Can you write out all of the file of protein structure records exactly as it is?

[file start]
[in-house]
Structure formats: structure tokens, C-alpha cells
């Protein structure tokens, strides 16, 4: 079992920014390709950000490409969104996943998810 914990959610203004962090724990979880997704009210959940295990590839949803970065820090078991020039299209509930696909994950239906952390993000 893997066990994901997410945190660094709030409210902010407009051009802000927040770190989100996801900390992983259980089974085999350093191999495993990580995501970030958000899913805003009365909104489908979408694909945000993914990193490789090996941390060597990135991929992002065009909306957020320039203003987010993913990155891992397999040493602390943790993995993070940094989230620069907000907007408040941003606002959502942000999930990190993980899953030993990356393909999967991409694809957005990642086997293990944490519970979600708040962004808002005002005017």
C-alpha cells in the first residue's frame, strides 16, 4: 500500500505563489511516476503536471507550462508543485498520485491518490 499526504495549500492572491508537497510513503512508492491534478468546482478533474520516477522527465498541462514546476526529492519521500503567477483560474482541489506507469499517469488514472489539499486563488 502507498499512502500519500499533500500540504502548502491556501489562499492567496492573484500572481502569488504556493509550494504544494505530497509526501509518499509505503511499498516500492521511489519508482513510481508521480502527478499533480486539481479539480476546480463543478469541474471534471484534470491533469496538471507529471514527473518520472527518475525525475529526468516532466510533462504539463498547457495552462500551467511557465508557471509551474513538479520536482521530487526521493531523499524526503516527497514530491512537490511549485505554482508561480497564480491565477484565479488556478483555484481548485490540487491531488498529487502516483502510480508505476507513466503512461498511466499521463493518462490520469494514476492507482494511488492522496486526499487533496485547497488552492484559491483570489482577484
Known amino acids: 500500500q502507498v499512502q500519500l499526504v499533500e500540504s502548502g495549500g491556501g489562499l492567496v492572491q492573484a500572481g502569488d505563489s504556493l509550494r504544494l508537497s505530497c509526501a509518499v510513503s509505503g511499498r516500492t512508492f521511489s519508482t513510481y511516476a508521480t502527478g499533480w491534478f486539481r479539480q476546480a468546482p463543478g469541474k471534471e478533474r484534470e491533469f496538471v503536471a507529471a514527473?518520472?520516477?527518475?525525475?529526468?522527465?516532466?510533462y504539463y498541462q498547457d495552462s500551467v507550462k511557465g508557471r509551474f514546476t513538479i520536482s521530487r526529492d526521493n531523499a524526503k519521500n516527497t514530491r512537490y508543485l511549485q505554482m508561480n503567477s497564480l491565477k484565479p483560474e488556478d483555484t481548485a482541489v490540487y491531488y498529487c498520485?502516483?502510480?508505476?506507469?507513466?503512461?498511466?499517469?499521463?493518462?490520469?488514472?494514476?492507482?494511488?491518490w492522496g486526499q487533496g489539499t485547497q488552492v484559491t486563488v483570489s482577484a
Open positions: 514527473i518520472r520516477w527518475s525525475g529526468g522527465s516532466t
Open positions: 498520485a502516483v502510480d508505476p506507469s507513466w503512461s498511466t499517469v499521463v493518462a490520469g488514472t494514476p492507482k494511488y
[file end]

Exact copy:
[in-house]
Structure formats: structure tokens, C-alpha cells
């Protein structure tokens, strides 16, 4: 079992920014390709950000490409969104996943998810 914990959610203004962090724990979880997704009210959940295990590839949803970065820090078991020039299209509930696909994950239906952390993000 893997066990994901997410945190660094709030409210902010407009051009802000927040770190989100996801900390992983259980089974085999350093191999495993990580995501970030958000899913805003009365909104489908979408694909945000993914990193490789090996941390060597990135991929992002065009909306957020320039203003987010993913990155891992397999040493602390943790993995993070940094989230620069907000907007408040941003606002959502942000999930990190993980899953030993990356393909999967991409694809957005990642086997293990944490519970979600708040962004808002005002005017």
C-alpha cells in the first residue's frame, strides 16, 4: 500500500505563489511516476503536471507550462508543485498520485491518490 499526504495549500492572491508537497510513503512508492491534478468546482478533474520516477522527465498541462514546476526529492519521500503567477483560474482541489506507469499517469488514472489539499486563488 502507498499512502500519500499533500500540504502548502491556501489562499492567496492573484500572481502569488504556493509550494504544494505530497509526501509518499509505503511499498516500492521511489519508482513510481508521480502527478499533480486539481479539480476546480463543478469541474471534471484534470491533469496538471507529471514527473518520472527518475525525475529526468516532466510533462504539463498547457495552462500551467511557465508557471509551474513538479520536482521530487526521493531523499524526503516527497514530491512537490511549485505554482508561480497564480491565477484565479488556478483555484481548485490540487491531488498529487502516483502510480508505476507513466503512461498511466499521463493518462490520469494514476492507482494511488492522496486526499487533496485547497488552492484559491483570489482577484
Known amino acids: 500500500q502507498v499512502q500519500l499526504v499533500e500540504s502548502g495549500g491556501g489562499l492567496v492572491q492573484a500572481g502569488d505563489s504556493l509550494r504544494l508537497s505530497c509526501a509518499v510513503s509505503g511499498r516500492t512508492f521511489s519508482t513510481y511516476a508521480t502527478g499533480w491534478f486539481r479539480q476546480a468546482p463543478g469541474k471534471e478533474r484534470e491533469f496538471v503536471a507529471a514527473?518520472?520516477?527518475?525525475?529526468?522527465?516532466?510533462y504539463y498541462q498547457d495552462s500551467v507550462k511557465g508557471r509551474f514546476t513538479i520536482s521530487r526529492d526521493n531523499a524526503k519521500n516527497t514530491r512537490y508543485l511549485q505554482m508561480n503567477s497564480l491565477k484565479p483560474e488556478d483555484t481548485a482541489v490540487y491531488y498529487c498520485?502516483?502510480?508505476?506507469?507513466?503512461?498511466?499517469?499521463?493518462?490520469?488514472?494514476?492507482?494511488?491518490w492522496g486526499q487533496g489539499t485547497q488552492v484559491t486563488v483570489s482577484a
Open positions: 514527473i518520472r520516477w527518475s525525475g529526468g522527465s516532466t
Open positions: 498520485a502516483v502510480d508505476p506507469s507513466w503512461s498511466t499517469v499521463v493518462a490520469g488514472t494514476p492507482k494511488y